Update, 9:30 a.m., Saturday: Last night, the Rey Fire grew to 10,782 acres, according to the California Interagency Incident Management Team, and is only 10 percent contained. It is moving into the Los Padres National Forest, and not toward any developed areas at the moment. Air drops will continue throughout the day. About 500 firefighters are currently working to contain the blaze.
See Ray Ford’s photos from yesterday here.
[Update, 7:00 p.m.]: County officials reported the fire has grown to 2,700 acres, with 20 percent containment. A shift in the winds around 2:00 p.m. pushed the wildfire to the west and north, and by 6:00 p.m. it had traveled about two miles.
50 structures are under immediate threat, according to Los Padres National Forest officials.
“It got seriously active for a few hours,” reported Ray Ford from the burn area. “They don’t want to lose Horse Canyon. They want to stop its westward movement. Tonight, they’re making a stand.”
While officials have yet to release the cause of the fire, they have surrounded White Rock Picnic Area with bright yellow “Fire Origin” tape. Inside the picnic area, a large oak tree has fallen across power lines, and at least two power poles are down. Officials with Southern California Edison are surveying the area.
Additional evacuations are not currently expected. The shelter at Santa Ynez High School remains on standby.
[Original Post]: On Friday morning, fire officials continue to be concerned about the northeast corner of the Rey Fire, the 600-acre-plus blaze that started near a campground along Paradise Road on Thursday afternoon. The fire remains 20 percent contained.
“Last night went really well,” said Los Padres National Forest spokesperson Manuel Madrigal at Los Prietos Ranger Station on Paradise Road. The fire changed direction with the winds overnight, he said, but cooler temperatures and moderate wind speed helped. Aircrafts haven’t started flying yet because they are socked in by fog at the Santa Ynez Airport. “They can’t fly until the fog lifts,” Madrigal said.
But if the fire takes off, it’s not threatening structures or campsites, he added. It hasn’t hit the San Rafael Wilderness yet.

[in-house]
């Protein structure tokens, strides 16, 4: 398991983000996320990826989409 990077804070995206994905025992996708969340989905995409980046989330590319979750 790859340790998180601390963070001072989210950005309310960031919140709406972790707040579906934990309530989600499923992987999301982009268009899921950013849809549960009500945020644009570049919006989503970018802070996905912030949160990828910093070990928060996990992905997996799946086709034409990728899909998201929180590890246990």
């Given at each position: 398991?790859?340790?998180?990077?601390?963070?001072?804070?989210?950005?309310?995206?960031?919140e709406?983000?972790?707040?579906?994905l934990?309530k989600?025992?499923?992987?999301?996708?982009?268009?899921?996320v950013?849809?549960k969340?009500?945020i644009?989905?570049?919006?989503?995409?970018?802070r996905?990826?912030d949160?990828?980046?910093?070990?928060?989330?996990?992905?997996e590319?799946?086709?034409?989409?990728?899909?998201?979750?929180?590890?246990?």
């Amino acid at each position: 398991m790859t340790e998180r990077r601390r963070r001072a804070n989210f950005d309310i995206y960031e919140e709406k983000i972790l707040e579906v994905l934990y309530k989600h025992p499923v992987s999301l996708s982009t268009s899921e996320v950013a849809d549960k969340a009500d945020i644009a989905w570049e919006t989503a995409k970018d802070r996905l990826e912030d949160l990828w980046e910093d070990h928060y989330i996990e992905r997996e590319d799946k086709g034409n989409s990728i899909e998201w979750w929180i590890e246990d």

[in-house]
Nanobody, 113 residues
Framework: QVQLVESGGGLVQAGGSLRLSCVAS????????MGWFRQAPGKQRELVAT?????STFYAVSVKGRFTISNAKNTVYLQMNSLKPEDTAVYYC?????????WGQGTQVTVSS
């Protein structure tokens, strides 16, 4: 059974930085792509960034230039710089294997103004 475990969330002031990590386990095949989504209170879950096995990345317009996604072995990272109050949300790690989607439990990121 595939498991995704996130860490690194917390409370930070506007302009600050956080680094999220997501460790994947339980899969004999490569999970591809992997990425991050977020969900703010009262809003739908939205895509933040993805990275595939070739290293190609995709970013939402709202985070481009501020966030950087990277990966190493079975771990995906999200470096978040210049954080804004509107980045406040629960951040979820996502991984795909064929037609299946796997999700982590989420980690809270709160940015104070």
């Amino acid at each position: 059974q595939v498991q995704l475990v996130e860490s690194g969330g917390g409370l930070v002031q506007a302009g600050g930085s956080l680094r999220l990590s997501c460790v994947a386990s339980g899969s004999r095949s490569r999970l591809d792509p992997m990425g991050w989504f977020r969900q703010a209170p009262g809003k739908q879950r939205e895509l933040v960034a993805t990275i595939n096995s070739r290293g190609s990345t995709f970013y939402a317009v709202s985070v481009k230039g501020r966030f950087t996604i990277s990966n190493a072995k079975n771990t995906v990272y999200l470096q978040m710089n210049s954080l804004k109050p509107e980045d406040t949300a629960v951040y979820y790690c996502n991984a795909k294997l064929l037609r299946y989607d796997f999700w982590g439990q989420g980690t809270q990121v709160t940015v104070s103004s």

County fire spokesperson Mike Eliason said fire officials decided not to deploy crews with dozers to cut brush on the west side overnight because of safety concerns, but they are trying to accomplish as much as possible this morning, when temperatures are cool. This afternoon, temps are expected to be in the high 90s, with winds in the double digits.
According to Los Padres National Forest, two injuries were reported Friday — one due to heat and one from bee stings.
Santa Barbara Independent outdoors reporter Ray Ford said Friday morning the blaze continues to travel northeast toward Peach Tree Canyon behind Lake Cachuma and the San Rafael Wilderness. “Many small cabins back in the Peach Tree area could be threatened,” he said at about 7 a.m. Friday. “If the winds were to shift towards the lake, that would be bad news.”
He added, “A fair amount of retardant [has been] dropped on the east side of Sage Hill and to the interior to try to protect the east flank. Still the fire was moving to the interior and slightly to the east just above Upper Oso camp. If any winds push the fire east across Upper Oso Canyon, that could potentially wrap around and threaten to cross the river farther upstream. [We] will have a better idea today if that might happen — but probably not. [The] White Fire created a pretty good buffer, but it only goes so far before you get to brush that hasn’t burned in several decades.”
Highway 154 is open this morning. Paradise Road remains closed. Fire officials will hold a media briefing at 10 a.m. Friday morning. Check back to this story for updates.